Publications of the Scottish History Society, Volume 36 eBook

John Lauder
This eBook from the Gutenberg Project consists of approximately 528 pages of information about Publications of the Scottish History Society, Volume 36.

INTRODUCTION

THE MANUSCRIPTS

There are here printed two manuscripts by Sir John Lauder, Lord Fountainhall, and portions of another.  The first[1] is a kind of journal, though it was not written up day by day, containing a narrative of his journey to France and his residence at Orleans and Poictiers, when he was sent abroad by his father at the age of nineteen to study law in foreign schools in preparation for the bar.  It also includes an account of his expenses during the whole period of his absence from Scotland.  The second,[2] though a small volume, contains several distinct portions.  There are narratives of visits to London and Oxford on his way home from abroad, his journey returning to Scotland, and some short expeditions in Scotland in the immediately following years, observations on public affairs in 1669- 70, and a chronicle of events connected with the Court of Session from 1668 to 1676; also at the other end of the volume some accounts of expenses.  The third[3] may be described as a commonplace book, for the most part written during the first years of his practice at the bar and his early married life, but it also contains some notes of travel in Fife, the Lothians, and the Merse in continuation of those in Ms. H., and a list of the books which he bought and their prices, brought down to a late period of his life.  These manuscripts have been kindly made available to the Scottish History Society by the owners.  The first is in the Library of the University of Edinburgh.  The second is the property of the late Sir William Fraser’s trustees.  The third has been lent by Sir Thomas North Dick Lauder, Fountainhall’s descendant and representative.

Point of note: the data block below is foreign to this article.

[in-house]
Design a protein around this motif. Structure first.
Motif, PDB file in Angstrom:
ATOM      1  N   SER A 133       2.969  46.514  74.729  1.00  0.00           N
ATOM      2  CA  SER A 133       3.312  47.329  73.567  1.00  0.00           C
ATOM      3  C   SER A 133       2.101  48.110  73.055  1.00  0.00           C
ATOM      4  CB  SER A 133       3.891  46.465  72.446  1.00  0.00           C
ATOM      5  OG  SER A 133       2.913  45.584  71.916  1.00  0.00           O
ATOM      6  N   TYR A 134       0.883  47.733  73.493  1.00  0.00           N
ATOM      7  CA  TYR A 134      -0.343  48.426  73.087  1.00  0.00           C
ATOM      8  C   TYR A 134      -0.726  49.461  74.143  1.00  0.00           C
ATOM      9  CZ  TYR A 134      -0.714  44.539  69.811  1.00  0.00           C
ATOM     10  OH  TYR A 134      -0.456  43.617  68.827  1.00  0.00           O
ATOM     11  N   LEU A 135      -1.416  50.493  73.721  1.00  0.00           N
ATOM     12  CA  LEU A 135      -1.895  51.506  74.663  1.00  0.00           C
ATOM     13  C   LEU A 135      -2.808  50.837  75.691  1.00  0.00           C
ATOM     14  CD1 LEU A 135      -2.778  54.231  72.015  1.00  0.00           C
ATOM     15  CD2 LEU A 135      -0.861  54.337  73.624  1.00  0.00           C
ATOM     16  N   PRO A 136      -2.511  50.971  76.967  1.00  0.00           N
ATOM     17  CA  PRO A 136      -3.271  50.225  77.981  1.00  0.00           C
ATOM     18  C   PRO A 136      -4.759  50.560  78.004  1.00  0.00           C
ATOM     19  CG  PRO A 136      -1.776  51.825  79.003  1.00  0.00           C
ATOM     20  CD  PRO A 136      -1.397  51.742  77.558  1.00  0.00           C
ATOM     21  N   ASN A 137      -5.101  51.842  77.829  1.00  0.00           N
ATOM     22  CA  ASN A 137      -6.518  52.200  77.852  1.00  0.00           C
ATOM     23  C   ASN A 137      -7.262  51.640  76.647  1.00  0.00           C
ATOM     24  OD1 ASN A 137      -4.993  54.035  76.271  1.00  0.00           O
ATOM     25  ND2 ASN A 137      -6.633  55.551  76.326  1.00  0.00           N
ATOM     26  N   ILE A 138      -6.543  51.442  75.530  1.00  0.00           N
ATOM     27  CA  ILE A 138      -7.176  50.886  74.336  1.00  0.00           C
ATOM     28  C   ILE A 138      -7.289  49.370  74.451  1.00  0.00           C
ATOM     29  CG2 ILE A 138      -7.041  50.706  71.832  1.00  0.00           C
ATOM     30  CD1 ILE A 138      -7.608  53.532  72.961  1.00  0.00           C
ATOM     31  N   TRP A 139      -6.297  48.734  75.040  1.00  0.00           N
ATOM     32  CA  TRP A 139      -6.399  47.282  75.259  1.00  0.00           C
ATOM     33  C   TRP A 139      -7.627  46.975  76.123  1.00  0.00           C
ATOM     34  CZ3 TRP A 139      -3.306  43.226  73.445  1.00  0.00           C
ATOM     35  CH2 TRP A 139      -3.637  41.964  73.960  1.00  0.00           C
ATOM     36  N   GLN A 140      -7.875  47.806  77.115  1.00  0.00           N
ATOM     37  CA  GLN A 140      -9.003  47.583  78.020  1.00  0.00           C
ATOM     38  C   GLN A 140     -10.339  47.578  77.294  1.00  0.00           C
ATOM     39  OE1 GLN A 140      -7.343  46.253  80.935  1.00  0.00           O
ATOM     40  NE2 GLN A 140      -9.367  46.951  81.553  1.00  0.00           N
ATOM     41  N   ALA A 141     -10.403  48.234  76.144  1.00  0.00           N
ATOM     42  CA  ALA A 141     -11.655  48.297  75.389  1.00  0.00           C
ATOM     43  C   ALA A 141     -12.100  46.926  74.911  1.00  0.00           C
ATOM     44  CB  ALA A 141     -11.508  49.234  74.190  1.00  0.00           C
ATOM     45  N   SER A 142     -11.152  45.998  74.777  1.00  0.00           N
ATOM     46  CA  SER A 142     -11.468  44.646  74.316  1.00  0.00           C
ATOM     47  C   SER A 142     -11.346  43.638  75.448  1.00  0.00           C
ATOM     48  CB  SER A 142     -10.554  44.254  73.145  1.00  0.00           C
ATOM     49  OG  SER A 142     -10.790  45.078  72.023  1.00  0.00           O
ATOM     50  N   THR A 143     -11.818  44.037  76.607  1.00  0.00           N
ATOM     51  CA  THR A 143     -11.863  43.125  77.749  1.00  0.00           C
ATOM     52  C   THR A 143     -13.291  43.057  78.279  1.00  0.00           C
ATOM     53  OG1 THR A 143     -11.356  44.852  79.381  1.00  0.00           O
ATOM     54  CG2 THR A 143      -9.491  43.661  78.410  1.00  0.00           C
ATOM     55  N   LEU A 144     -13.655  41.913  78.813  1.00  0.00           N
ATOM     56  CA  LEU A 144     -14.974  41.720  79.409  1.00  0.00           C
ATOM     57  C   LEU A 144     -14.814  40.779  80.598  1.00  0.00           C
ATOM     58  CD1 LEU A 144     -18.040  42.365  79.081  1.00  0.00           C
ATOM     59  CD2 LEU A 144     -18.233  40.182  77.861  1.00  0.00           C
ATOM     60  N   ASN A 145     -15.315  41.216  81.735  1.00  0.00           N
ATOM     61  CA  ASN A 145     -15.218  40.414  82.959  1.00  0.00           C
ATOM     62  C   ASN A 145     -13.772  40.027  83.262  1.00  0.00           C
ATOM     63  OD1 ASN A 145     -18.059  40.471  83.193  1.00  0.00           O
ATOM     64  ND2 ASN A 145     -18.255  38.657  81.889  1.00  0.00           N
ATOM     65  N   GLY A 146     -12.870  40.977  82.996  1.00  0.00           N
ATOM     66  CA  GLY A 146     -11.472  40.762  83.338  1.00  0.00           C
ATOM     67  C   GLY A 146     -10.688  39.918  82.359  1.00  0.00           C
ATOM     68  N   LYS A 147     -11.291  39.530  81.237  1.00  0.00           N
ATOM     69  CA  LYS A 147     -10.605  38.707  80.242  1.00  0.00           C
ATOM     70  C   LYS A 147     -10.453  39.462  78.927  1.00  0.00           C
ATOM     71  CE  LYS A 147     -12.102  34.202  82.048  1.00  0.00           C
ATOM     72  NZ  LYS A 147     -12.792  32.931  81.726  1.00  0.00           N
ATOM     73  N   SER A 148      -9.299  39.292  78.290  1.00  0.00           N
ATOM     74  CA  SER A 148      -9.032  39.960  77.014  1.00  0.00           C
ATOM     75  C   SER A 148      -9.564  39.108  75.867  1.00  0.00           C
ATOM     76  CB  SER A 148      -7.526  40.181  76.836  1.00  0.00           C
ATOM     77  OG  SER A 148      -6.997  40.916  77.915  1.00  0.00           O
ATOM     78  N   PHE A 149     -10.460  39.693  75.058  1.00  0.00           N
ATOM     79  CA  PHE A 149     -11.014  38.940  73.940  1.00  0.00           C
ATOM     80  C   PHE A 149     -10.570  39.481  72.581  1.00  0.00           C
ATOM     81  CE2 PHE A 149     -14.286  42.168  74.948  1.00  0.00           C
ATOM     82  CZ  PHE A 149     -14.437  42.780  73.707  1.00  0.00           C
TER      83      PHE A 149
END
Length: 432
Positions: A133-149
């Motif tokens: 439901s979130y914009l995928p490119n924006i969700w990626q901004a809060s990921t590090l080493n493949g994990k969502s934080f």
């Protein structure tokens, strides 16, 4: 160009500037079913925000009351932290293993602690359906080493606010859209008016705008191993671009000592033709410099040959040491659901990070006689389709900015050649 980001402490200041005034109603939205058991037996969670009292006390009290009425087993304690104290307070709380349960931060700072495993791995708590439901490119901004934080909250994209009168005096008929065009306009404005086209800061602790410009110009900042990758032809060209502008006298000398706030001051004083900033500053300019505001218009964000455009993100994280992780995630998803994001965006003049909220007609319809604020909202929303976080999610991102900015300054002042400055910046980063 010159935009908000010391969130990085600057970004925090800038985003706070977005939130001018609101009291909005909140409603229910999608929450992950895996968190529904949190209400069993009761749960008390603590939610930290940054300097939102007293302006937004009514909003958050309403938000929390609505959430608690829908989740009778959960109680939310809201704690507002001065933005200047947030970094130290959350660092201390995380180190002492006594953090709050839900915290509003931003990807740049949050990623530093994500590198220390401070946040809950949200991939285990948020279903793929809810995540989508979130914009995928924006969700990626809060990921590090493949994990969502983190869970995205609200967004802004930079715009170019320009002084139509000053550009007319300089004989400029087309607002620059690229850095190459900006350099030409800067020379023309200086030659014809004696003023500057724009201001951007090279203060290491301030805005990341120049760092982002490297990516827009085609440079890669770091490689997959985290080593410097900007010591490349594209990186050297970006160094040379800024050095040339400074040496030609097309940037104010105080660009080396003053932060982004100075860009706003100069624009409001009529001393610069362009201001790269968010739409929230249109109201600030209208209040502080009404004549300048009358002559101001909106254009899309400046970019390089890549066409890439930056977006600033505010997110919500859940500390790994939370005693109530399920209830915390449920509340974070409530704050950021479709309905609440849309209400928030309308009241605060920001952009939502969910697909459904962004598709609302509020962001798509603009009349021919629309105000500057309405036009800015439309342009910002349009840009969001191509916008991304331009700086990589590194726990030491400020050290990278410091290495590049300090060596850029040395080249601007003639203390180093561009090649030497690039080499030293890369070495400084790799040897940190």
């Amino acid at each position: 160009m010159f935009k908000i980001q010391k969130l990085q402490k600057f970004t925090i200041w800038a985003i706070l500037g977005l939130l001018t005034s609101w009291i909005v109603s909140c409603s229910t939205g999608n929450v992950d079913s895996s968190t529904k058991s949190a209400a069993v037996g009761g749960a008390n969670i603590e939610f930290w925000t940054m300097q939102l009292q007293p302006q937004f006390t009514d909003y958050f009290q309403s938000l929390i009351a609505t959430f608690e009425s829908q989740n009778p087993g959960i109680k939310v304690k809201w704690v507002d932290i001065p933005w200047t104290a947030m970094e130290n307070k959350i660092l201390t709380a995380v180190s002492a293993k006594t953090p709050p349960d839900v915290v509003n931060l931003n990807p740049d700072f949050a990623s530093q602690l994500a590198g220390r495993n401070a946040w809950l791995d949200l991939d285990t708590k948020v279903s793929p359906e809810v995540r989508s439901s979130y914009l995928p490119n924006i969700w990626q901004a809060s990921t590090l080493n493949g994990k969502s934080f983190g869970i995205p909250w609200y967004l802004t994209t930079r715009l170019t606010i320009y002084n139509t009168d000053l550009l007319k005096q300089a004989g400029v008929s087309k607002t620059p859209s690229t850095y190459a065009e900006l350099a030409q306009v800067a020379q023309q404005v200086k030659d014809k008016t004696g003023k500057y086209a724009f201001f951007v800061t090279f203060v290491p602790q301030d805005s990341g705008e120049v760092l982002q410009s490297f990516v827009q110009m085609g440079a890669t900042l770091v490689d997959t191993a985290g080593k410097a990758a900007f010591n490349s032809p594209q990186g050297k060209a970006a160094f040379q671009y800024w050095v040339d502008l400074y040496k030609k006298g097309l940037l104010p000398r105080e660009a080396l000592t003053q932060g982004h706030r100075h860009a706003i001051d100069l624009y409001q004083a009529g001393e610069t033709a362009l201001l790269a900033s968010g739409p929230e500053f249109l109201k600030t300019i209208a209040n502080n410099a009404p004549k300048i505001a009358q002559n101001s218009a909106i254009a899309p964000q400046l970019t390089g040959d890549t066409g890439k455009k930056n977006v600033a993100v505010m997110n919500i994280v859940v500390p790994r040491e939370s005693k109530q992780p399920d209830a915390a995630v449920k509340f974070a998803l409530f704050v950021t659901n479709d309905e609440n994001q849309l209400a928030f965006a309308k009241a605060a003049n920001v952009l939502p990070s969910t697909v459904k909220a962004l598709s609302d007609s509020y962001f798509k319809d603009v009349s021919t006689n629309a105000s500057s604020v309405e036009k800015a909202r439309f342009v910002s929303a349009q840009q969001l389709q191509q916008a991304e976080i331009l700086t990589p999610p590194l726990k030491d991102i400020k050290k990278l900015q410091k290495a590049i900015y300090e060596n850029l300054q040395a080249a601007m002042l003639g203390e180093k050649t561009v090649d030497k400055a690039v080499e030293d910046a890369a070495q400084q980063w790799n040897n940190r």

[1] Referred to as Ms. X.

    [2] Marked by Fountainhall H.

    [3] Marked by Fountainhall K.

It was Lord Fountainhalls practice, during his whole life, to record in notebooks public events, and his observations upon them, legal decisions, and private memoranda.  He kept several series of notebooks concurrently with great diligence and method.  In all of those which have been preserved there is more or less matter of value to the student of history.  But at his death his library was sold by public auction.  The MSS. were dispersed, though their existence and value was known to some of his contemporaries.[4] Some are lost, in particular the series of Historical Observes, 1660-1680, which, judging from the sequel, which has been preserved and printed by the Bannatyne Club, would have been of great value.  According to tradition the greater part of what has been recovered was found in a snuff-shop by Mr. Crosby the lawyer, the supposed original of Scott’s Pleydell, and purchased at the sale of his books after his death by the Faculty of Advocates.[5]

    [4] Preface to Forbes’s Journal of the Session, Edinburgh, 1714.

    [5] Ms. Genealogical Roll of the Family of Lauder by the late Sir
        Thomas Dick Lauder, in possession of Sir T.N.  Dick Lauder.

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Publications of the Scottish History Society, Volume 36 from Project Gutenberg. Public domain.
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